In the past five years, Plymouth United Church of Christ in Des Moines, which is now Carla’s church, organized a “Cuba Partnership Team” and started building a “sister church” relationship with Ebenezer Baptist Church, which is located in the borough of Marianao in the southwest part of Havana. That is the church that for 38 years was headed by Pastor Suarez, who retired in 2009. His daughter Rev. Raquel Suarez Rodes is now one of three co-pastors at Ebenezer, serving with Rev. Amos Lopez Rubio and Rev. Idael Montero Pacheco.
Co-pastors of Ebenezer Baptist Church in Havana are (left to right) Revs. Idael Montero Pacheco, Raquel Suarez Rodes and Amos Lopez Rubio.
Small delegations of Plymouth folks visited Ebenezer in 2012 and 2014. In 2016, four members of Ebenezer church visited Plymouth church in Des Moines.
It was been fortuitous that this is happening just as the governments of the U.S. and Cuba have agreed to begin working toward “normalization” of relations between our countries. That surprise announcement was made Dec. 17, 2014, evidently after Presidents Barack Obama and Raul Castro had been independently lobbied by Pope Francis to a launch a new era for the neighboring nations. And just over a year ago, Obama visited Cuba. Traveling with him then was U.S. Secretary of Agriculture Tom Vilsack, the former Iowa governor.
Of course, there is much interest and concern, both in the U.S. and Cuba, on whether the push toward normalization will continue with the new American administration headed by President Donald Trump, and with a new Cuban administration starting next year after the retirement of President Castro.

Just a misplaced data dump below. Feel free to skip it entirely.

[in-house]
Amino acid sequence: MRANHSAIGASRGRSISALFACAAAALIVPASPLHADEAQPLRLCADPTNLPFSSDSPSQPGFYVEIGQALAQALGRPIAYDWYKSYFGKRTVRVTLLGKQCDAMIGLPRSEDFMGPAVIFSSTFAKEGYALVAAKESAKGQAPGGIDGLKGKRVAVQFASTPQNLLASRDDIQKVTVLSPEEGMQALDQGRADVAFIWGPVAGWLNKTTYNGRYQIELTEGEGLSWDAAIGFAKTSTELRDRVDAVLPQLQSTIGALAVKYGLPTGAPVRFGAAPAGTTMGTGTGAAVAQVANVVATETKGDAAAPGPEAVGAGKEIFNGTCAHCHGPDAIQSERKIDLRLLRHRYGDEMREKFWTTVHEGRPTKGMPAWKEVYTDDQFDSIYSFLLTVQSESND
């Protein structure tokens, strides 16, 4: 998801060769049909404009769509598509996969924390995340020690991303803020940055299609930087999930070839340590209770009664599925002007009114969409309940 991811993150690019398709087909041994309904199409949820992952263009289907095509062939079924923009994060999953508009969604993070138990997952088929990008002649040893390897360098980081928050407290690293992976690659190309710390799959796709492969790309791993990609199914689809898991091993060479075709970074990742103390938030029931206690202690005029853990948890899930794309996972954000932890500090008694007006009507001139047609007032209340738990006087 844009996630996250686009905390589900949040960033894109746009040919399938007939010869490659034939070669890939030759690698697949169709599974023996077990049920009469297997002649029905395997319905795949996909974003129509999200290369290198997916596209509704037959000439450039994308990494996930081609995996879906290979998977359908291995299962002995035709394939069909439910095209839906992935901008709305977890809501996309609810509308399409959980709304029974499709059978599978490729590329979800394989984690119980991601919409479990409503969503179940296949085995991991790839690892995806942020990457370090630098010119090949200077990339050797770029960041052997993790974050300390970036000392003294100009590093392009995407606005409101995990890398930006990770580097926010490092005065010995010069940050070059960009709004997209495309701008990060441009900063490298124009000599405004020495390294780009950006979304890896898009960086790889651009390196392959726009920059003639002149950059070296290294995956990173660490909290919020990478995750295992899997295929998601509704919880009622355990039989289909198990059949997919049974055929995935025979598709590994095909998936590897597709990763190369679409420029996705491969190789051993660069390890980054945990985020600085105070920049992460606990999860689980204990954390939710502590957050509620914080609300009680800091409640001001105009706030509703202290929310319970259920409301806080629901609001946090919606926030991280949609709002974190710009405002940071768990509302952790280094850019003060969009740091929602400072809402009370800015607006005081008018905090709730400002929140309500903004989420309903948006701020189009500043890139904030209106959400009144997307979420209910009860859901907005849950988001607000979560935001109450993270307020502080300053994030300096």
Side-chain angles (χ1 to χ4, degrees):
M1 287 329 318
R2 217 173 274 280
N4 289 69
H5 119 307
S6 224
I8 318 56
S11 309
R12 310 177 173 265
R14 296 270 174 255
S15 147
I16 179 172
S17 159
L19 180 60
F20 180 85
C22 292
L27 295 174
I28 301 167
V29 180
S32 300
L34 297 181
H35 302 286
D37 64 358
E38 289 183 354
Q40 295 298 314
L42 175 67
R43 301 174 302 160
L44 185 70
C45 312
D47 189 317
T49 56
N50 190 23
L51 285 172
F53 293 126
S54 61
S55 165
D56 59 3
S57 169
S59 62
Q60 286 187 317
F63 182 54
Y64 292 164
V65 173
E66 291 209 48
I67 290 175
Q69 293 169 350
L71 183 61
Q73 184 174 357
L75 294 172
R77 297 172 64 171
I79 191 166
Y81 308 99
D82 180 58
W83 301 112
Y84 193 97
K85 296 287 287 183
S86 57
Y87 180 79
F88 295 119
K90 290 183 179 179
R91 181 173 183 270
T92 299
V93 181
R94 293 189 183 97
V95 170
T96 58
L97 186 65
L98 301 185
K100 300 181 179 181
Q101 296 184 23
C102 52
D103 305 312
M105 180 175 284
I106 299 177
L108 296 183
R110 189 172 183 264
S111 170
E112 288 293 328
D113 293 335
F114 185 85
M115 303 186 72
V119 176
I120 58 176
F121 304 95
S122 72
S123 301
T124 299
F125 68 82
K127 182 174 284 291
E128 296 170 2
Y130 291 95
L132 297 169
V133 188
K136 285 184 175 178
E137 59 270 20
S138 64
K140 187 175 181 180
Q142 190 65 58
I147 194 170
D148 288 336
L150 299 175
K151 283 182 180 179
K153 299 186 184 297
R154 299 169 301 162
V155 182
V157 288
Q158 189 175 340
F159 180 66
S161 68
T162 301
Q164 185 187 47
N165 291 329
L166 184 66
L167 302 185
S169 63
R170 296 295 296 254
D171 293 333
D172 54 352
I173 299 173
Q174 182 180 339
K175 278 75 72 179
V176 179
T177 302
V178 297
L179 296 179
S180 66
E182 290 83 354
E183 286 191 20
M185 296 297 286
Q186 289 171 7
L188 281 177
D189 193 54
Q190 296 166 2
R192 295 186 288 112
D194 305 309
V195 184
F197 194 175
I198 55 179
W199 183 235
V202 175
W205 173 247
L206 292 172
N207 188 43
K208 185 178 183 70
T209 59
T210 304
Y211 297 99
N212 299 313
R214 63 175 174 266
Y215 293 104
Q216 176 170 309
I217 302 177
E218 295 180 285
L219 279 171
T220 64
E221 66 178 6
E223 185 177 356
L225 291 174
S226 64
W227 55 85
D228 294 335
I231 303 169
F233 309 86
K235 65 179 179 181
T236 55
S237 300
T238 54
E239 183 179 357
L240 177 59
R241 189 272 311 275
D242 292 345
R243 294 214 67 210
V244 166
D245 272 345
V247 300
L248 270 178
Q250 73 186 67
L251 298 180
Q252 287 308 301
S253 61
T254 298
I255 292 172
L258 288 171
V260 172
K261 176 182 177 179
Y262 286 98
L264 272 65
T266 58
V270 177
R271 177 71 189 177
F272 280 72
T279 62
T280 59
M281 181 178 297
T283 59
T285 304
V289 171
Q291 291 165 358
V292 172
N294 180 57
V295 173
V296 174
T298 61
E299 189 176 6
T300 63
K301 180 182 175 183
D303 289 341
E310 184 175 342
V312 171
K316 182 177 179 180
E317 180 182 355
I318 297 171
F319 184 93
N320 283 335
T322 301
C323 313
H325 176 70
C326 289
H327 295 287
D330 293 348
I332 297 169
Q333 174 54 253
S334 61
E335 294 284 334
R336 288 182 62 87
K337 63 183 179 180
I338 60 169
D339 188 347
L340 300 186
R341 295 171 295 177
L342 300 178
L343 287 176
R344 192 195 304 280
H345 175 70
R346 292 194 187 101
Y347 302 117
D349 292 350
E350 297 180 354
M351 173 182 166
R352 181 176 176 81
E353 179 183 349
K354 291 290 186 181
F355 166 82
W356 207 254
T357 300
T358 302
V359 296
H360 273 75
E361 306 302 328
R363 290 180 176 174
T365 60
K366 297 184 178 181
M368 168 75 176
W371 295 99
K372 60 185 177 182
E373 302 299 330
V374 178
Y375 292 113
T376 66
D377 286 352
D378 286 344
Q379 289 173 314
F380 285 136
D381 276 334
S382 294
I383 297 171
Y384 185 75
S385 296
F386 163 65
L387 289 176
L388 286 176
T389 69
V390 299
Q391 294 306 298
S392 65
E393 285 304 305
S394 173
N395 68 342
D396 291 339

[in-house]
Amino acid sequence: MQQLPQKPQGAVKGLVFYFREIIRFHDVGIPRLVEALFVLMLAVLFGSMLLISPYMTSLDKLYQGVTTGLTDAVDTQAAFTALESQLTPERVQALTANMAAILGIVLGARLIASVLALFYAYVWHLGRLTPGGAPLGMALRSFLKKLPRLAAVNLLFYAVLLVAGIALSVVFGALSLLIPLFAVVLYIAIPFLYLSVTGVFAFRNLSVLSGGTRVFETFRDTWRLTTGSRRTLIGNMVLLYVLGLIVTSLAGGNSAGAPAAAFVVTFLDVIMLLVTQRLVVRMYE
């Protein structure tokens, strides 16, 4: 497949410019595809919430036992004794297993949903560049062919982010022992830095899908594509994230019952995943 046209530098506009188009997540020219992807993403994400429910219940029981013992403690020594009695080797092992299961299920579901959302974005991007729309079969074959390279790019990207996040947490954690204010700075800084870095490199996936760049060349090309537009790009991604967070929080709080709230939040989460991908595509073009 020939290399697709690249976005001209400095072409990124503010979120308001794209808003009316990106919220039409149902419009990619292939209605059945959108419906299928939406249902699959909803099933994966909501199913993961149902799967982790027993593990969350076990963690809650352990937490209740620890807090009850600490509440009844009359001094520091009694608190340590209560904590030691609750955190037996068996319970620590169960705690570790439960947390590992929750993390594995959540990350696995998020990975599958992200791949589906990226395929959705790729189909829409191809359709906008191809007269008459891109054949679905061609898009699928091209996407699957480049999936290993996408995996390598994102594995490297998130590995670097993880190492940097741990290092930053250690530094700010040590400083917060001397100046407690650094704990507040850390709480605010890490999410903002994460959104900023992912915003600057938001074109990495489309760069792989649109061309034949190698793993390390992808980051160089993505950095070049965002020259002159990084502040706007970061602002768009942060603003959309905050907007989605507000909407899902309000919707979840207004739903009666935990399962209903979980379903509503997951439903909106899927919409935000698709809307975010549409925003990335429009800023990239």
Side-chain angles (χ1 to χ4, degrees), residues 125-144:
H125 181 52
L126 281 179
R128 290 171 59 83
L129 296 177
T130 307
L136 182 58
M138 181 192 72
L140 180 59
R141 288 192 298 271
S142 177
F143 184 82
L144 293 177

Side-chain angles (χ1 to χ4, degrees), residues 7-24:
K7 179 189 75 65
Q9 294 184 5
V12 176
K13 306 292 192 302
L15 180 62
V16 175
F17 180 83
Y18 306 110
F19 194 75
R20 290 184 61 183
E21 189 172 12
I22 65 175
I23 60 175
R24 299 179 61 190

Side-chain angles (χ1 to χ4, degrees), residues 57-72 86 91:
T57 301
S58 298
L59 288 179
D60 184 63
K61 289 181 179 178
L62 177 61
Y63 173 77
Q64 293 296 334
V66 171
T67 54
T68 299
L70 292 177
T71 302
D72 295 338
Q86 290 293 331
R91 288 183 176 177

Our recent delegation included 12 people: Rev. David Telfort, Rev. Brigit Stevens, Joe Stevens, Neil Fagan, Mark Doherty, Renee Cawthorn, Wendy Knowles, Amanda Murphy, Esther Burgett, Sheena Thomas, Carla and me.
Vilsack spoke to us and other Plymouth church members the Sunday before we departed, and his insights proved very helpful.
We arrived in Cuba on Wednesday, March 29, just in time to attend the anniversary service celebrating Ebenezer church’s 70th anniversary of founding. We returned home on Thursday, April 6.
Ebenezer Baptist Church in Havana, Cuba, “sister church” of Plymouth United Church of Christ in Des Moines.
Our visit was more a cultural, religious and educational learning experience than a mission trip. We lived in church-owned dormitory-like accommodations. We ate most of our meals in the churches’ dining halls.
Carla and I feel like it was the best international trip we’ve ever taken, probably the most educational. We came home humbled and inspired.
It occurred to me while we were there that probably the best thing about going to Cuba with a church group – and having the accommodations we did – is that we spent all day, every day, with average, real Cuban people. I’m going to introduce you to a bunch of them in coming days, and I hope you’ll follow along on this website.
Cuban social-political historian Elias Assef (right), standing in a park in central Havana, talks about Afro-Cuban religion practices that are common today, with Plymouth church members Rev. Brigit Stevens, Neil Fagan, Joe Stevens and Amanda Murphy. Assef, who is quite a character, said he prefers “to dress African — it’s a sign of my resistance to the new world.”
You can email the columnist at chuck@Offenburger.com or comment using the handy form below here.
To read the preview story of the trip that Chuck Offenburger wrote on March 28, click here.